The project aims to strengthen counter-trafficking efforts in Europe by addressing two deficiencies in the current counter-trafficking response: lack of in-depth knowledge of the new forms of trafficking affecting children and lack of active involvement of the Roma community – a group at high risk of child trafficking. It will focus on three new forms of trafficking: child begging, labour exploitation for pick-pocketing and sexual exploitation of boys. Activities will take place in seven EU Member States, four of them typical countries of origin for victims of trafficking (Bulgaria, Romania, Hungary, Slovakia) and three of them traditionally destination points for Roma victims (Austria, Italy, Greece).
The project’s objectives are:
To strengthen counter-trafficking efforts targeting Roma children by providing better understanding of new forms of trafficking through developing and testing new methods of participatory research and carrying out evidence-based analysis.
To empower Roma communities to act as equal partner in counter-trafficking policies and measures.
To enhance child victim support in countries of origin and destination by developing pilot initiatives for child victims of trafficking support and sensitising service providers and child protection authorities to new forms of trafficking and improving coordination.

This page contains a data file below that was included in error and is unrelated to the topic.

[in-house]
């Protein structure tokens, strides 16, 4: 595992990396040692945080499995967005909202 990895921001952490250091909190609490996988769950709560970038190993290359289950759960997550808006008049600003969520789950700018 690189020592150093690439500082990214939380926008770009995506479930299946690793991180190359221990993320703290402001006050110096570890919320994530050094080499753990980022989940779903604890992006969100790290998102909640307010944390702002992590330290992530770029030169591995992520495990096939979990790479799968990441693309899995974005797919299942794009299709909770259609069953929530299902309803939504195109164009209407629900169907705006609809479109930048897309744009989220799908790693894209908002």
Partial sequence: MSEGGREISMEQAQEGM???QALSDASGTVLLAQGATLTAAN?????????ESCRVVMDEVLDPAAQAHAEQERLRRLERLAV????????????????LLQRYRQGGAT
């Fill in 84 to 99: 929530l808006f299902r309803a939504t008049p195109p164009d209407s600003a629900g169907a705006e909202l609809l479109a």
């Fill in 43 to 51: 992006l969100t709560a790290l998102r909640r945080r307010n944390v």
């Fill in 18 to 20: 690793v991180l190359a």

The project activities will include:
Design of methodological tools and collection of data on the three forms of trafficking affecting the Roma minority in the countries of origin and destination. In the countries of origin, data collection will be conducted using participatory research methods with the active involvement of Roma researchers.
Piloting two initiatives to enhance assistance to and reintegration of Roma child victims of trafficking in a country of origin (Bulgaria) and of destination (Austria).
Providing evidence based analysis on new forms of trafficking affecting Roma children in seven countries.
Acquainting stakeholders with research findings and advocating for the active involvement of the Roma in counter-trafficking efforts.
Co-funded by the Prevention of and Fight against Crime Programme of the European Union
This project has been funded with support from the European Commission. This communication reflects the views only of the CPS, and the European Commission cannot be held responsible for any use which may be made of the information contained therein.